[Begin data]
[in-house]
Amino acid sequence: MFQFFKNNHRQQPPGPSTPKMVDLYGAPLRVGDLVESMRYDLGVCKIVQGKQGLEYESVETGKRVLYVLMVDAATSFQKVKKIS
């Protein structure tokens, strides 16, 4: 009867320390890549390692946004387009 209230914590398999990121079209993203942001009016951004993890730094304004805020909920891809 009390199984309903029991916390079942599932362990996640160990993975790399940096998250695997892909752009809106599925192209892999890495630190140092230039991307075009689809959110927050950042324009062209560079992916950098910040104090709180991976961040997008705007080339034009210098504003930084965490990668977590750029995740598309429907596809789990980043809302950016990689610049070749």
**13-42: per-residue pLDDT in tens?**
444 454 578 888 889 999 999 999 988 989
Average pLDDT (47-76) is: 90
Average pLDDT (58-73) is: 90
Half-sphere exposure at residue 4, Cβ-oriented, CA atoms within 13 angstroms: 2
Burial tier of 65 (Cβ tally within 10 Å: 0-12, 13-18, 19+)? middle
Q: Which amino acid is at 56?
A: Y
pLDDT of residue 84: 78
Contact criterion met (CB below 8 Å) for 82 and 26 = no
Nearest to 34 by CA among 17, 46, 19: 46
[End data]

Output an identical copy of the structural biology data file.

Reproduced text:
[in-house]
Amino acid sequence: MFQFFKNNHRQQPPGPSTPKMVDLYGAPLRVGDLVESMRYDLGVCKIVQGKQGLEYESVETGKRVLYVLMVDAATSFQKVKKIS
């Protein structure tokens, strides 16, 4: 009867320390890549390692946004387009 209230914590398999990121079209993203942001009016951004993890730094304004805020909920891809 009390199984309903029991916390079942599932362990996640160990993975790399940096998250695997892909752009809106599925192209892999890495630190140092230039991307075009689809959110927050950042324009062209560079992916950098910040104090709180991976961040997008705007080339034009210098504003930084965490990668977590750029995740598309429907596809789990980043809302950016990689610049070749």
**13-42: per-residue pLDDT in tens?**
444 454 578 888 889 999 999 999 988 989
Average pLDDT (47-76) is: 90
Average pLDDT (58-73) is: 90
Half-sphere exposure at residue 4, Cβ-oriented, CA atoms within 13 angstroms: 2
Burial tier of 65 (Cβ tally within 10 Å: 0-12, 13-18, 19+)? middle
Q: Which amino acid is at 56?
A: Y
pLDDT of residue 84: 78
Contact criterion met (CB below 8 Å) for 82 and 26 = no
Nearest to 34 by CA among 17, 46, 19: 46